And yet, in spite of the bickering these days  we can find some common ground between us.   Whether we’re voting for Trump, Clinton, Gary Johnson, Jill Stein, a write-in random candidate, or none of the above, we all agree on one thing.

We are  completely stressed from the whole thing and we can’t wait till it’s all over.

There are many anxieties that we share and misery does love company in this case. We can comfort each other, knowing  it will eventually be over at the end of Election day. And yet.  We fear that things will drag on. We have nightmares of a repeat Gore-Bush situation of the hanging chads and recounting. We are tormented by the chances that one candidate may protest the result and maybe there will be a big ——-

Stop! Stop! Stop!  It’s no use obsessing about it. I mean that’s all we’ve (me!) been doing the last few months and it’s time to put an end to the negativity and prepare to move forward

It’s time to look at the bright side of all this. It’s time for ME to see the silver lining from all this and how everything happens for the best.

It’s time for me to realize that there is a Destiny or G-d or a Higher Power out there that is protecting us from horrible things. It’s time to do my best and have some faith.

It’s time grow from all this.

First, it’s time to be a little easier on myself. So what if I flip-flop every day and can’t make up my mind who to vote for because I like his or her stances on the issues – or because I just can’t stand the OTHER candidate. So what? Right?

Here’s my process: I listen and read everything I come across. I do lots of research. And I decide that I’m in favor Candidate A and I’m totally for him/her. I mean I think she/he is aligned with all or most of the values that I believe in. And not only that, I’m convinced that the other candidate is the epitome of evil.

And then – I go to sleep, wake up in the morning, read a few articles and voila, I’m thinking “Hey, so and so really represents my view of how things can be better – based on my values and what I consider to be important for a President.”

Etcetera. Etcetera. Etcetera.

I start to challenge my previous decision. I realize that there is a whole other way to look at things. And I make my decision to (maybe) vote for the other candidate.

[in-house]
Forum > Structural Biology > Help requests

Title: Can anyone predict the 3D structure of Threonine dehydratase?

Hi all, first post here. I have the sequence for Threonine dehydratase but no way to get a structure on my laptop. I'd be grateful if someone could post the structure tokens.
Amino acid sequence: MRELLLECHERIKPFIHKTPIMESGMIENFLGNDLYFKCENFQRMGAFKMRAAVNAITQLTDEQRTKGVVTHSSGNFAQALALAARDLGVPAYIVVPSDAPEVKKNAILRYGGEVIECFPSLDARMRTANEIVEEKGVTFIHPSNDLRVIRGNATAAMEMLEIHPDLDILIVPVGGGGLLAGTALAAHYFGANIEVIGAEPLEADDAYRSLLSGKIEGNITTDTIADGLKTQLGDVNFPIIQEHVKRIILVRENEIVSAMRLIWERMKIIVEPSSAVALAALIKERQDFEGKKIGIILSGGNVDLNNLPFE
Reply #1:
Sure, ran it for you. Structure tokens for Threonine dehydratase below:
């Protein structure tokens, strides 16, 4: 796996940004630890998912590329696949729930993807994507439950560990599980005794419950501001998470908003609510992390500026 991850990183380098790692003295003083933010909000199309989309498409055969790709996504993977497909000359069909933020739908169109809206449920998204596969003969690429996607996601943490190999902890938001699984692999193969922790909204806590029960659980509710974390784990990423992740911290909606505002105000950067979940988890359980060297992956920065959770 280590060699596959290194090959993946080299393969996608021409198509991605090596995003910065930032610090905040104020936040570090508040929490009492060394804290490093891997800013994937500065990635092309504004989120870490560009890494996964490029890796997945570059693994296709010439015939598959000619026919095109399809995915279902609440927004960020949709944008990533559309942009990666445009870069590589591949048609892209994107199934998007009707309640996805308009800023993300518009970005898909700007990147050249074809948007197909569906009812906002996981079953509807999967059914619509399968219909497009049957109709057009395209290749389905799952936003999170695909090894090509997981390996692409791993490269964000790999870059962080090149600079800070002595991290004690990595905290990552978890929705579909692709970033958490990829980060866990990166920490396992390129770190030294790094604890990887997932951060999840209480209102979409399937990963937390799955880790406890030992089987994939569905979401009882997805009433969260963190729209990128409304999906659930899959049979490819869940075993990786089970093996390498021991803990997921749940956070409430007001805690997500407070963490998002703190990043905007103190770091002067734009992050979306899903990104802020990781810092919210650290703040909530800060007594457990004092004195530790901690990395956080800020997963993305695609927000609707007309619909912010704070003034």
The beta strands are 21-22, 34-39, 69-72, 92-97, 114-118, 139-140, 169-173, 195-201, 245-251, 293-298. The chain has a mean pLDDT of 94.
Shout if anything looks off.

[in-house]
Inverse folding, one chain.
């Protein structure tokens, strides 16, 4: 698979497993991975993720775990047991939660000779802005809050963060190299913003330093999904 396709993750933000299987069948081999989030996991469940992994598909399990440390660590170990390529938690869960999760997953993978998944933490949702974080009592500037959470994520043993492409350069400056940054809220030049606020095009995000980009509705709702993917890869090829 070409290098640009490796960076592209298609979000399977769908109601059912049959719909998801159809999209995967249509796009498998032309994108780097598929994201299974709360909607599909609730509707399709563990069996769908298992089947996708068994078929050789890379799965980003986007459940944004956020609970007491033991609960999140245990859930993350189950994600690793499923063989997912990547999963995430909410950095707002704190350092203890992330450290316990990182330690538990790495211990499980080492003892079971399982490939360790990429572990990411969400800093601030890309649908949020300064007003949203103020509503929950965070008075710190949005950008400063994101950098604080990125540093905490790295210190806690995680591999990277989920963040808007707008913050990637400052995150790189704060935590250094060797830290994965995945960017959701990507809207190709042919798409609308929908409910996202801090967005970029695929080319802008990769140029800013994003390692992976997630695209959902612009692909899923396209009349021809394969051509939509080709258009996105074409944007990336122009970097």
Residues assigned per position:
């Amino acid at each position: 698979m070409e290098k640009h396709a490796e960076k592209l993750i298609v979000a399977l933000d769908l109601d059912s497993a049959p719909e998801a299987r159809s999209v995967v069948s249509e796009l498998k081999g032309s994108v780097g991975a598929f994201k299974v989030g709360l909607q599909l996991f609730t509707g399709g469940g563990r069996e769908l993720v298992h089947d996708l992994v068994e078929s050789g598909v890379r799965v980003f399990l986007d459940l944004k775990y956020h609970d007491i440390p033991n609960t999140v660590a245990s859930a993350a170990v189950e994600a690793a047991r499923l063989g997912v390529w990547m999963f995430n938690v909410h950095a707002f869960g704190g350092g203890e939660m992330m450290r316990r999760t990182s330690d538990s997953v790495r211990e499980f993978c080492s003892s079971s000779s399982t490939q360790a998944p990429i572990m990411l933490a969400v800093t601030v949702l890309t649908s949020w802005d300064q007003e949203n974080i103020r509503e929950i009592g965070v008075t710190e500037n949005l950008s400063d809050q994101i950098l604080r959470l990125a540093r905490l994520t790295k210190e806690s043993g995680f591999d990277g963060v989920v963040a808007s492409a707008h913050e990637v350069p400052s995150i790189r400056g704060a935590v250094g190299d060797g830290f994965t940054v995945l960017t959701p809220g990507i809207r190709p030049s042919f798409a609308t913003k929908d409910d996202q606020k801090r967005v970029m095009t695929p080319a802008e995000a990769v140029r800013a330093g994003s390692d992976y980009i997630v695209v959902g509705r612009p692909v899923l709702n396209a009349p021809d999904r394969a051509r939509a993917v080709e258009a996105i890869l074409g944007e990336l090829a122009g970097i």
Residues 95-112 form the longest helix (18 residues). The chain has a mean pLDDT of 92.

This cycle repeats itself several times per week. It’s been somewhat annoying because as Election date is upon us, I’m still undecided. And I’ve even pondered voting for a third party candidate or not at all.

I’ve been thinking about this flip-flop tendency of mine and been pretty upset with myself over it. And then it hit me the other day that maybe it’s not such a bad thing. Maybe it’s actually a sign that I can see two sides of a situation, empathize with it and be able to argue both sides of the debate.

Through this election I learned that I’m fickle, somewhat gullible. Or maybe it’s just that I’m open-minded or tolerant? Hmmm. To me things are not always black and white, and that characteristic is more evident this election.

After this election is over, we will still have our relationships with friends (hopefully) and even if the issues of the election will be behind us all, we will still need to reach across aisles to feel another person’s pain and experience.

Understanding another’s viewpoint is important. That’s what I learned from this election. I see Hillary’s viewpoint and I see Trump’s. I get them both. I just have to decide which one I’m willing to give the job of President.

I’ve not made my firm decision yet on that. But one thing I’ve decided is that for better or worse – I can’t stay upset at people for very long.

And that’s something I think we all should vote for.

 

 


A Tribute to My Father on his YahrTzeit

What do you say when someone asks you for information that is readily available on the Internet?

Google it! That’s code for “Look it up. Figure it out. You can do it….”

My siblings and I reminisce that my father would encourage our independence in learning new things, by telling us to  “look it up.”

In honor of  the yahrtzeit or anniversary of my father’s passing two years ago, I write this blog post. This one’s for you, Daddy.

Shalom Stern, or Shalom ben Shlomo (the son of Solomon) Halevi (a descendant of the Levites) passed away after a diagnosis 14 years earlier of Parkinson’s Disease. My father passed on September 28, 2014 but the Hebrew date falls on today’s Hebrew date which is the day after Rosh Hashana (Jewish New Year). Today we lit a candle that lasts for 24 hours and my brothers recited kaddish in my father’s memory.

My father was a paradigm of punctuality. Descending from German ancestors, his motto was “a place for everything…everything in its place.” This time of year which precedes the holiday of Sukkos has a theme from the book of Ecclesiastes which reads, “A time to mourn, a time to rejoice…..a time for everything.” Similarly, my father believed that there is a time for everything and he stuck to a sensible daily schedule in his life.